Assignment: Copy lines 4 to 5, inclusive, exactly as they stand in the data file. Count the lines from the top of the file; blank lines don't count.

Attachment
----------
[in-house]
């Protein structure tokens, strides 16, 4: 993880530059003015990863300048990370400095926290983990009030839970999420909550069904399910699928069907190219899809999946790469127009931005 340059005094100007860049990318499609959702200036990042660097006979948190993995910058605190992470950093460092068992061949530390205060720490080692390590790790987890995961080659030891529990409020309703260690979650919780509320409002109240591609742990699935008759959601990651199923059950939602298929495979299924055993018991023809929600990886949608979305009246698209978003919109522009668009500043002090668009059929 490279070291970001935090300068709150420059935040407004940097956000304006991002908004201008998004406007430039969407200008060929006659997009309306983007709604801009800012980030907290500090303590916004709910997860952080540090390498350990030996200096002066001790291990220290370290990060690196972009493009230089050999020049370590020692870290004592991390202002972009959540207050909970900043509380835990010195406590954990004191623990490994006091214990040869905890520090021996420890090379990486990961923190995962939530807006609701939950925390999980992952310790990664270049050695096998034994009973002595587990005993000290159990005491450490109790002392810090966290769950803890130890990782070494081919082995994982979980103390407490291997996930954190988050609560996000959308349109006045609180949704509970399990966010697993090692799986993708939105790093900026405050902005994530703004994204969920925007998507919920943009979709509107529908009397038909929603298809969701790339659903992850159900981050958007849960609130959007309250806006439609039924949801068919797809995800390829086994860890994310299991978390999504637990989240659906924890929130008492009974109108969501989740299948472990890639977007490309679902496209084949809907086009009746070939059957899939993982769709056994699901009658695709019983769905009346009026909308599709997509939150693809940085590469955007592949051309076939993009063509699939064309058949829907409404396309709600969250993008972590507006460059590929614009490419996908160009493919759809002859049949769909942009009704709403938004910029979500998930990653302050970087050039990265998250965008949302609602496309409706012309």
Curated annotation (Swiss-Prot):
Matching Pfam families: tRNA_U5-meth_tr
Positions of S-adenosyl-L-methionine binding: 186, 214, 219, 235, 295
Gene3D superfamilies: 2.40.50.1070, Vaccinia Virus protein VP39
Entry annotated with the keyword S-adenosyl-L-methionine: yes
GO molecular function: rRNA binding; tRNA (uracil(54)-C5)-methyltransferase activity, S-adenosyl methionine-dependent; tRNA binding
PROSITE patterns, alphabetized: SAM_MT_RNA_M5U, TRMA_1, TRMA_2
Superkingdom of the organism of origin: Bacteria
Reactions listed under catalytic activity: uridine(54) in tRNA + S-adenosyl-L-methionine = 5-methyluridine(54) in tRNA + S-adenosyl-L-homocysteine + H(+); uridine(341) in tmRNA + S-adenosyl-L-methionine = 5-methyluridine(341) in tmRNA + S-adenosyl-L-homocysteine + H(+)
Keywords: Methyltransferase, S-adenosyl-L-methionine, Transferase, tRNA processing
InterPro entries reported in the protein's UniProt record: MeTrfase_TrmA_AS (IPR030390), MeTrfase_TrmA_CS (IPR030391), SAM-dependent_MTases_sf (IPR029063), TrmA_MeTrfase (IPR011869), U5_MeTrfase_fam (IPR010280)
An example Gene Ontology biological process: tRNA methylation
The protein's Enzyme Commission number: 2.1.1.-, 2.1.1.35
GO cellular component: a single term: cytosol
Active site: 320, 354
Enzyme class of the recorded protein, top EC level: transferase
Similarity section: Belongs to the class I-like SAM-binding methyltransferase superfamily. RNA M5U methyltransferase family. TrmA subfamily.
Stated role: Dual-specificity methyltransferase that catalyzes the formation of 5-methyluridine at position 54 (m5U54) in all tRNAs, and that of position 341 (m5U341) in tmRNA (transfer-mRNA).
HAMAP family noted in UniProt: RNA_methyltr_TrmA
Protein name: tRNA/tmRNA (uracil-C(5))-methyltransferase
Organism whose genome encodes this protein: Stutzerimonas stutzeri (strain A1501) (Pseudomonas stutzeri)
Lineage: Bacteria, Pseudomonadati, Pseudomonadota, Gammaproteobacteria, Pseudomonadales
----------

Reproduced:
Matching Pfam families: tRNA_U5-meth_tr
Positions of S-adenosyl-L-methionine binding: 186, 214, 219, 235, 295